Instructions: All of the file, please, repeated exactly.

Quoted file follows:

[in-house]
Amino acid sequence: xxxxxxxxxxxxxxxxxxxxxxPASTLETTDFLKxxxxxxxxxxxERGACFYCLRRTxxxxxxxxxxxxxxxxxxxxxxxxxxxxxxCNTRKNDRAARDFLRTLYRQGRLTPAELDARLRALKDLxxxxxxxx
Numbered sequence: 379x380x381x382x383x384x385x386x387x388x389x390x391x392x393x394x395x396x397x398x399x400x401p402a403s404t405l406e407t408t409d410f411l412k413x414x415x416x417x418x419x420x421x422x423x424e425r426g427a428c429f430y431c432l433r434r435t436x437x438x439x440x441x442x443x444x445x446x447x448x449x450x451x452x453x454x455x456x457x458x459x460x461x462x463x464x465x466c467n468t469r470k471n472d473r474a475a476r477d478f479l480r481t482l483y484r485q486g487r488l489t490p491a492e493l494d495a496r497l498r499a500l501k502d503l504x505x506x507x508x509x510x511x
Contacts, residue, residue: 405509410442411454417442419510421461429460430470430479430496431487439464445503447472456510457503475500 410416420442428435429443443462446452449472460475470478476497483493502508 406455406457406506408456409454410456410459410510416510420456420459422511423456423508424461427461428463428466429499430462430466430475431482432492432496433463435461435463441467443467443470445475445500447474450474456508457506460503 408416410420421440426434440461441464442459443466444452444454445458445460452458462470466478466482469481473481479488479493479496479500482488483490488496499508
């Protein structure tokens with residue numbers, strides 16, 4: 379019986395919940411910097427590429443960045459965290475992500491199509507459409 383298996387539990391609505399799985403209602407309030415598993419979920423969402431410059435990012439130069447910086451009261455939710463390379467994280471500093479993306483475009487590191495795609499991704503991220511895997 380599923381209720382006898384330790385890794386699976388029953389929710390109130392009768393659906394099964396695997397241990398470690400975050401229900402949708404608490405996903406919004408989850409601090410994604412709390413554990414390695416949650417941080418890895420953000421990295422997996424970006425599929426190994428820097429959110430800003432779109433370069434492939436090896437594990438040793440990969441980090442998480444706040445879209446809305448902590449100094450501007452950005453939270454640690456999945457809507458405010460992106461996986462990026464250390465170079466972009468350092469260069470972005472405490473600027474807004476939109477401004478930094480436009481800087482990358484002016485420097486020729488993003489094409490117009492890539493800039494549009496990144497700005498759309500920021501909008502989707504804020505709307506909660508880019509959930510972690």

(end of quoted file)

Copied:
[in-house]
Amino acid sequence: xxxxxxxxxxxxxxxxxxxxxxPASTLETTDFLKxxxxxxxxxxxERGACFYCLRRTxxxxxxxxxxxxxxxxxxxxxxxxxxxxxxCNTRKNDRAARDFLRTLYRQGRLTPAELDARLRALKDLxxxxxxxx
Numbered sequence: 379x380x381x382x383x384x385x386x387x388x389x390x391x392x393x394x395x396x397x398x399x400x401p402a403s404t405l406e407t408t409d410f411l412k413x414x415x416x417x418x419x420x421x422x423x424e425r426g427a428c429f430y431c432l433r434r435t436x437x438x439x440x441x442x443x444x445x446x447x448x449x450x451x452x453x454x455x456x457x458x459x460x461x462x463x464x465x466c467n468t469r470k471n472d473r474a475a476r477d478f479l480r481t482l483y484r485q486g487r488l489t490p491a492e493l494d495a496r497l498r499a500l501k502d503l504x505x506x507x508x509x510x511x
Contacts, residue, residue: 405509410442411454417442419510421461429460430470430479430496431487439464445503447472456510457503475500 410416420442428435429443443462446452449472460475470478476497483493502508 406455406457406506408456409454410456410459410510416510420456420459422511423456423508424461427461428463428466429499430462430466430475431482432492432496433463435461435463441467443467443470445475445500447474450474456508457506460503 408416410420421440426434440461441464442459443466444452444454445458445460452458462470466478466482469481473481479488479493479496479500482488483490488496499508
């Protein structure tokens with residue numbers, strides 16, 4: 379019986395919940411910097427590429443960045459965290475992500491199509507459409 383298996387539990391609505399799985403209602407309030415598993419979920423969402431410059435990012439130069447910086451009261455939710463390379467994280471500093479993306483475009487590191495795609499991704503991220511895997 380599923381209720382006898384330790385890794386699976388029953389929710390109130392009768393659906394099964396695997397241990398470690400975050401229900402949708404608490405996903406919004408989850409601090410994604412709390413554990414390695416949650417941080418890895420953000421990295422997996424970006425599929426190994428820097429959110430800003432779109433370069434492939436090896437594990438040793440990969441980090442998480444706040445879209446809305448902590449100094450501007452950005453939270454640690456999945457809507458405010460992106461996986462990026464250390465170079466972009468350092469260069470972005472405490473600027474807004476939109477401004478930094480436009481800087482990358484002016485420097486020729488993003489094409490117009492890539493800039494549009496990144497700005498759309500920021501909008502989707504804020505709307506909660508880019509959930510972690």